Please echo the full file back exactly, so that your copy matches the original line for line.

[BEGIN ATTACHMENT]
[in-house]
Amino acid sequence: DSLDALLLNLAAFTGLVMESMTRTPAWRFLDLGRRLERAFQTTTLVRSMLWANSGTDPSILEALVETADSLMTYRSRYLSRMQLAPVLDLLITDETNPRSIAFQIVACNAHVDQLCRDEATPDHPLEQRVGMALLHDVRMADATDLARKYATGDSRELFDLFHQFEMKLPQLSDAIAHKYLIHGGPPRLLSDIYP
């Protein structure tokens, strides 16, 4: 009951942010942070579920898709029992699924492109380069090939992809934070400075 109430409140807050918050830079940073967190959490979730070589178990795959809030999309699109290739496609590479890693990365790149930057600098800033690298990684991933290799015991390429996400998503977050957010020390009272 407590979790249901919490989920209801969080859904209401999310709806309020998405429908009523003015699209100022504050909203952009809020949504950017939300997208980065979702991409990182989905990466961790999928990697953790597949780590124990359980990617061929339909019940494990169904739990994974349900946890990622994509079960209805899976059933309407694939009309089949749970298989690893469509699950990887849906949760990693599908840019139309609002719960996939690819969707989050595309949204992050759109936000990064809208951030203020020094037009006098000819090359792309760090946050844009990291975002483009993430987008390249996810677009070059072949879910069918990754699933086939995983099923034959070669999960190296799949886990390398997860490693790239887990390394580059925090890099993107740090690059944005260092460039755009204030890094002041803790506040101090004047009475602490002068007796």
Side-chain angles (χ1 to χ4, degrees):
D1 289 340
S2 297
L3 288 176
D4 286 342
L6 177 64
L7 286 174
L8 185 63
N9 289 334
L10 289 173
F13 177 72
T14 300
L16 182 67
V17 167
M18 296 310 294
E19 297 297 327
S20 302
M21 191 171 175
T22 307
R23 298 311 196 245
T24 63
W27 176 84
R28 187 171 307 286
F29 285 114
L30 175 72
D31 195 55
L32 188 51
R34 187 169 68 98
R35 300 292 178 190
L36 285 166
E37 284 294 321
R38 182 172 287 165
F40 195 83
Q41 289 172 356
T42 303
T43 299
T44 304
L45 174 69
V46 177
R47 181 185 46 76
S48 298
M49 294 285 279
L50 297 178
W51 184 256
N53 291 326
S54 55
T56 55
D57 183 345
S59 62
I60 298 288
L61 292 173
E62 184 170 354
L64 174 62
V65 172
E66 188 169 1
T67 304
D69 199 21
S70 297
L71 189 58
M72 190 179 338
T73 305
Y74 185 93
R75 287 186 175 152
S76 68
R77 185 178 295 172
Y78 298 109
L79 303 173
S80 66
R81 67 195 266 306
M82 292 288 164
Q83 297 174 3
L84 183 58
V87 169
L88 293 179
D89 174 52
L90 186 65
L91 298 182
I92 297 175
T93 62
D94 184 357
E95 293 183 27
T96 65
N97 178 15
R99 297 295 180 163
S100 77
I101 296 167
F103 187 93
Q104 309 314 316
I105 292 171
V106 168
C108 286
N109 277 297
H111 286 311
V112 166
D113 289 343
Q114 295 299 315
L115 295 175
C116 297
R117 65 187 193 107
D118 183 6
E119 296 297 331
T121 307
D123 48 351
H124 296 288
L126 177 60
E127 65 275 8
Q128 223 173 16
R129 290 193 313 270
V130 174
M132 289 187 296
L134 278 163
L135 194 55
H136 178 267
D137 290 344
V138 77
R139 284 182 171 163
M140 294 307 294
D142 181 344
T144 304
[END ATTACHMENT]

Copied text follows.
[in-house]
Amino acid sequence: DSLDALLLNLAAFTGLVMESMTRTPAWRFLDLGRRLERAFQTTTLVRSMLWANSGTDPSILEALVETADSLMTYRSRYLSRMQLAPVLDLLITDETNPRSIAFQIVACNAHVDQLCRDEATPDHPLEQRVGMALLHDVRMADATDLARKYATGDSRELFDLFHQFEMKLPQLSDAIAHKYLIHGGPPRLLSDIYP
């Protein structure tokens, strides 16, 4: 009951942010942070579920898709029992699924492109380069090939992809934070400075 109430409140807050918050830079940073967190959490979730070589178990795959809030999309699109290739496609590479890693990365790149930057600098800033690298990684991933290799015991390429996400998503977050957010020390009272 407590979790249901919490989920209801969080859904209401999310709806309020998405429908009523003015699209100022504050909203952009809020949504950017939300997208980065979702991409990182989905990466961790999928990697953790597949780590124990359980990617061929339909019940494990169904739990994974349900946890990622994509079960209805899976059933309407694939009309089949749970298989690893469509699950990887849906949760990693599908840019139309609002719960996939690819969707989050595309949204992050759109936000990064809208951030203020020094037009006098000819090359792309760090946050844009990291975002483009993430987008390249996810677009070059072949879910069918990754699933086939995983099923034959070669999960190296799949886990390398997860490693790239887990390394580059925090890099993107740090690059944005260092460039755009204030890094002041803790506040101090004047009475602490002068007796």
Side-chain angles (χ1 to χ4, degrees):
D1 289 340
S2 297
L3 288 176
D4 286 342
L6 177 64
L7 286 174
L8 185 63
N9 289 334
L10 289 173
F13 177 72
T14 300
L16 182 67
V17 167
M18 296 310 294
E19 297 297 327
S20 302
M21 191 171 175
T22 307
R23 298 311 196 245
T24 63
W27 176 84
R28 187 171 307 286
F29 285 114
L30 175 72
D31 195 55
L32 188 51
R34 187 169 68 98
R35 300 292 178 190
L36 285 166
E37 284 294 321
R38 182 172 287 165
F40 195 83
Q41 289 172 356
T42 303
T43 299
T44 304
L45 174 69
V46 177
R47 181 185 46 76
S48 298
M49 294 285 279
L50 297 178
W51 184 256
N53 291 326
S54 55
T56 55
D57 183 345
S59 62
I60 298 288
L61 292 173
E62 184 170 354
L64 174 62
V65 172
E66 188 169 1
T67 304
D69 199 21
S70 297
L71 189 58
M72 190 179 338
T73 305
Y74 185 93
R75 287 186 175 152
S76 68
R77 185 178 295 172
Y78 298 109
L79 303 173
S80 66
R81 67 195 266 306
M82 292 288 164
Q83 297 174 3
L84 183 58
V87 169
L88 293 179
D89 174 52
L90 186 65
L91 298 182
I92 297 175
T93 62
D94 184 357
E95 293 183 27
T96 65
N97 178 15
R99 297 295 180 163
S100 77
I101 296 167
F103 187 93
Q104 309 314 316
I105 292 171
V106 168
C108 286
N109 277 297
H111 286 311
V112 166
D113 289 343
Q114 295 299 315
L115 295 175
C116 297
R117 65 187 193 107
D118 183 6
E119 296 297 331
T121 307
D123 48 351
H124 296 288
L126 177 60
E127 65 275 8
Q128 223 173 16
R129 290 193 313 270
V130 174
M132 289 187 296
L134 278 163
L135 194 55
H136 178 267
D137 290 344
V138 77
R139 284 182 171 163
M140 294 307 294
D142 181 344
T144 304